Did you enjoy Monday’s Mac event? It’s nice to see Apple going full throttle on Apple Silicon, it’ll end up in iPads, after all. New AirPods too, I’m looking to replace the ones I use for working out.
Anyway, this week’s newsletter isn’t about Macs, obviously. It’s time for another Game Day installment, so get ready to try some gems to kill the time.
🆓 This issue of the Switch to iPad newsletter is free for all. That’s thanks to our paying subscribers. Maybe you’d like to join them? It’s $5/month or $50/year. Thank you for your support!
Clap Hanz Golf
I’ve spent a lot of time with Clap Hanz Golf the last few weeks. I played it a bit when it launched on Apple Arcade (yep, you’ll need a subscription to play this one), but then fell out of it. It’s gotten several updates since then, and whatever the reason was to stop playing this game, it’s seemingly gone.
If you recognize the style of Clap Hanz Golf, you might’ve played another golf series called Everybody’s Golf or Hot Shots Golf, depending on your region. Clap Hanz is the developer of said series, which was (is?) published by Sony for various PlayStation platforms. They’re great games, especially the two that was released for PlayStation Portable.
Clap Hanz Golf isn’t the same, however. Here, you collect and level up golfers, which you can use for various types of competitions, one golfer per hole. I didn’t care for it at first, mostly because I really wanted a new Everybody’s Golf, but now, I think it works just fine. In fact, it’s a nice format for mobile gaming, and addictive enough for longer sessions with your iPad. The iPad mini has proven to be the perfect device for this, which is one of the reasons I’m playing it so much.
And yes, Clap Hanz Golf has controller support, but it’s a weird control scheme that sort of mimics your movements on the touchscreen. I don’t like it, it’s not there for me, and prefer to play this one sans controller. That’s not something you’ll hear me say often, that’s for sure.
Grand Mountain Adventure
I’ve just started playing Grand Mountain Adventure, and I love it. It’s an open world skiing (or, in my case, snowboarding) game where you explore the mountain, finding slopes and finishing challenges. I’ve barely scratched the surface on this one, so I’m not sure how much equipment and other things will play into this game, but I’m looking forward to unlocking new boards at least. I’m also looking forward to trying this one with a controller, there’s supposed to be support for it, hopefully better than for Clap Hanz Golf…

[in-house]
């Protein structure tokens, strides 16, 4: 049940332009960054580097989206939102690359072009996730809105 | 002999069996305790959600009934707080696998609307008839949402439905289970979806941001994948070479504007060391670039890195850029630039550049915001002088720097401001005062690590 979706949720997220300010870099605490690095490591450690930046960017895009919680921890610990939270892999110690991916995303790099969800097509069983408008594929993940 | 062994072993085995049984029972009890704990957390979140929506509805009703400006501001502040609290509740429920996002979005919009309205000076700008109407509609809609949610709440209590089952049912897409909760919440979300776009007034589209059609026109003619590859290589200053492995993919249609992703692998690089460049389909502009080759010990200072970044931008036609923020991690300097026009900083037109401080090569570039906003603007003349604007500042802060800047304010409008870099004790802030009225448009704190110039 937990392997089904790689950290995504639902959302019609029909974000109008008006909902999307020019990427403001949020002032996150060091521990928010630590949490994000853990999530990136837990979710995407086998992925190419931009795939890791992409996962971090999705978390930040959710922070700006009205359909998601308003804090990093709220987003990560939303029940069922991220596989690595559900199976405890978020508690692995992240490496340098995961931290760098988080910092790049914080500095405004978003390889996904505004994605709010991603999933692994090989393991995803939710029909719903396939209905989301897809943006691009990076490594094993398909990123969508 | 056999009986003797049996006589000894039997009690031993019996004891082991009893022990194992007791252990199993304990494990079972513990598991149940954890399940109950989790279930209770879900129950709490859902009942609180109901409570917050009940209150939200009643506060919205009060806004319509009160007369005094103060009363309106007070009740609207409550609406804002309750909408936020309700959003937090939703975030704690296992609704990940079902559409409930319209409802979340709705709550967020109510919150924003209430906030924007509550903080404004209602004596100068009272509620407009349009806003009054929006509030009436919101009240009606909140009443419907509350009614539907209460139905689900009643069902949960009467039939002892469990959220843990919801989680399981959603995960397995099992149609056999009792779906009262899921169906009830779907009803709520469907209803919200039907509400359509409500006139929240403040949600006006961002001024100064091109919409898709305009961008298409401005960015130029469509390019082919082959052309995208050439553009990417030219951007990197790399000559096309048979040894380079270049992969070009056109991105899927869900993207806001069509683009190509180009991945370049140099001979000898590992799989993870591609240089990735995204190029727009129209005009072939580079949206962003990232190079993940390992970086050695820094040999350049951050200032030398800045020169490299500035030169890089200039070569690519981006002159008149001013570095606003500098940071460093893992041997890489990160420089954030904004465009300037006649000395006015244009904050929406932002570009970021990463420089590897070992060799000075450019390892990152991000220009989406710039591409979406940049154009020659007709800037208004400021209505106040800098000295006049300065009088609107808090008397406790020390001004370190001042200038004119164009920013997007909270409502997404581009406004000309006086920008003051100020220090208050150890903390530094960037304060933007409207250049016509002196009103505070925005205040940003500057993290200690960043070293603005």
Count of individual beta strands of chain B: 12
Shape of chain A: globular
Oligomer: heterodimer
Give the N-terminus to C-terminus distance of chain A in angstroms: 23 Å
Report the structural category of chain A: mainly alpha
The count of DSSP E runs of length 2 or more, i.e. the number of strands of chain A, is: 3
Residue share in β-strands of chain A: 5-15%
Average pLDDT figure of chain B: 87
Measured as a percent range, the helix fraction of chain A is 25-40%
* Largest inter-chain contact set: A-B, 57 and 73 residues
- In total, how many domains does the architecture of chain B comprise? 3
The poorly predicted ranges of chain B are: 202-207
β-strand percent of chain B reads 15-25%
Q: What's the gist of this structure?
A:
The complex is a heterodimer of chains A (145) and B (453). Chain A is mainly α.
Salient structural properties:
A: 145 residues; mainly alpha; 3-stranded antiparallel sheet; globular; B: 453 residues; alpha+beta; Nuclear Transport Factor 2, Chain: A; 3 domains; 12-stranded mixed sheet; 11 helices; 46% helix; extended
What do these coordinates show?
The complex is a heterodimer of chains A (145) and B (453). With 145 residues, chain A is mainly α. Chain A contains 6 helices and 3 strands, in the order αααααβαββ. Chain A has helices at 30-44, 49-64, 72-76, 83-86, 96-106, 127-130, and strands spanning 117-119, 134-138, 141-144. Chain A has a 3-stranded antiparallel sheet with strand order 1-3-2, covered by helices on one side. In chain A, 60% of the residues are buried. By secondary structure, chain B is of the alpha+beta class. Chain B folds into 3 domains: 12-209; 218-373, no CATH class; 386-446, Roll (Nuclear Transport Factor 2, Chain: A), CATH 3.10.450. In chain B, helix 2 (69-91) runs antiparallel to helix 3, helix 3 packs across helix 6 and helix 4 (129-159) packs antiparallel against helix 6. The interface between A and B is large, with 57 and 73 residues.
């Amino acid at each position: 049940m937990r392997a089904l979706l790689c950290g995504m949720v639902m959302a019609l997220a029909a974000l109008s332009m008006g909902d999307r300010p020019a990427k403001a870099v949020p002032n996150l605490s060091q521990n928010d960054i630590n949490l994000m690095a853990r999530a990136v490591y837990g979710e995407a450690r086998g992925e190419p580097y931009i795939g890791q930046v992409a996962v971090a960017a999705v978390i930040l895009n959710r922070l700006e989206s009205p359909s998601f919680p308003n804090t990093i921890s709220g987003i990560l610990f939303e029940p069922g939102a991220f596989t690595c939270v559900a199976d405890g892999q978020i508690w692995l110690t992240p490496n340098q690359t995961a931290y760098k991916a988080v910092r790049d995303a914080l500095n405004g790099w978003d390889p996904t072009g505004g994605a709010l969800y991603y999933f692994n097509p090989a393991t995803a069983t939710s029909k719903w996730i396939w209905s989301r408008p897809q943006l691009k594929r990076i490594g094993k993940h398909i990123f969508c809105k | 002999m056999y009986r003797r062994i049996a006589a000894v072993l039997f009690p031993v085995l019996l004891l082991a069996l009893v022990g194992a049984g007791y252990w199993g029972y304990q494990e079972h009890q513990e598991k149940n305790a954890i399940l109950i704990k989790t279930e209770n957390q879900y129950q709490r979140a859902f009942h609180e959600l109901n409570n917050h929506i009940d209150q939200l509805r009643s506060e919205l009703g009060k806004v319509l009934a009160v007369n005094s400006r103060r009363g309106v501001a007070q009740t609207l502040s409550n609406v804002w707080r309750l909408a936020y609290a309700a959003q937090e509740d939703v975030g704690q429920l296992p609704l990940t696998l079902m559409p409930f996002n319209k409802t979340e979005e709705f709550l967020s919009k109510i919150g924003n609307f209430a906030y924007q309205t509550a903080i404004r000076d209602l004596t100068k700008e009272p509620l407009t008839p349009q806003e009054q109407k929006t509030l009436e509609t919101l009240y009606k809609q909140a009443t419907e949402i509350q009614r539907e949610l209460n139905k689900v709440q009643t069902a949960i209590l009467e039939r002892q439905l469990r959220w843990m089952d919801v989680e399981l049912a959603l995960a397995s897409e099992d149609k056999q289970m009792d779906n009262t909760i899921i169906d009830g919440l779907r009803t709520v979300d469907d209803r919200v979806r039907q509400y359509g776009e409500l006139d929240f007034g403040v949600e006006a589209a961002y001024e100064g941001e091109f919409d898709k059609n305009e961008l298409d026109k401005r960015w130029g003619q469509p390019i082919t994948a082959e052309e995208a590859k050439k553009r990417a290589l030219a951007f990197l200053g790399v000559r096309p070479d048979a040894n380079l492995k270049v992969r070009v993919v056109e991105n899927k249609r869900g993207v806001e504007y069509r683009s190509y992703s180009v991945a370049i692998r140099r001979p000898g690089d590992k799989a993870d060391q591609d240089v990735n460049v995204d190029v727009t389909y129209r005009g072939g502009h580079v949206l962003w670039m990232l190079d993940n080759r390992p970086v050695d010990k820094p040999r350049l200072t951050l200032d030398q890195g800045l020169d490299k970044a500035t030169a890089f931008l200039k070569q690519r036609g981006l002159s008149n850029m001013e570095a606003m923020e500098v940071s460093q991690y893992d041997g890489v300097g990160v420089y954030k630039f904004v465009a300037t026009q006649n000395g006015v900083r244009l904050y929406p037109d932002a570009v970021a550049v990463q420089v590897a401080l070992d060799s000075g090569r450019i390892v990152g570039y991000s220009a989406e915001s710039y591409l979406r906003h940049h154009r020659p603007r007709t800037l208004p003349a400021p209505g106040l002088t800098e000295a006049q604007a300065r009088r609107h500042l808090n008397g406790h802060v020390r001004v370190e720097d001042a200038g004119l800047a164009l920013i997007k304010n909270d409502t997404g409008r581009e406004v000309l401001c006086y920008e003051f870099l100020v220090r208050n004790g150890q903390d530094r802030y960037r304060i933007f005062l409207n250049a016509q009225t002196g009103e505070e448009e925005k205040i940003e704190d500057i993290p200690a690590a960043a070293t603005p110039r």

Grand Mountain Adventure is free, with the first mountain unlocked, but if you want more, you’ll have to pony up $5 for the full game. Which I did after fifteen minutes with the game, it feels totally worth it.
There are plenty of chess apps on the App Store. I’m using Chess.com’s app, which you can find both on Apple Arcade (for some reason), and — a bit more fleshed out — as a regular app. It’s a pretty simple app, but it gets the job done. You’ll want to sign up for a Chess.com account, add some friends, or just let the app match you with someone else for a friendly game of chess. You can control how much time each player to make their move, be it minutes or days, which means that you can play the game at your pace. Or you can just play against the computer, obviously.
It’s not just regular chess games, though. There are also puzzles, and you can upgrade your membership to get access to tools that’ll evolve your game. For me, the free version is fine, though. I typically have two or three games running simultaneously, so it fits the bill.
Chess.com is a lot more than just playing chess, though. If you want to, you can watch chess games, interact with other people in the community, and watch other player’s games. There’s a lot for the chess fan, here.
Chess.com is free, and so is the account. Paid memberships start at $5/month or $30/year.
What are your favorite iPad games? Let me know, preferably on Twitter.
Until next time, play safe.
— Thord D. Hedengren ⚡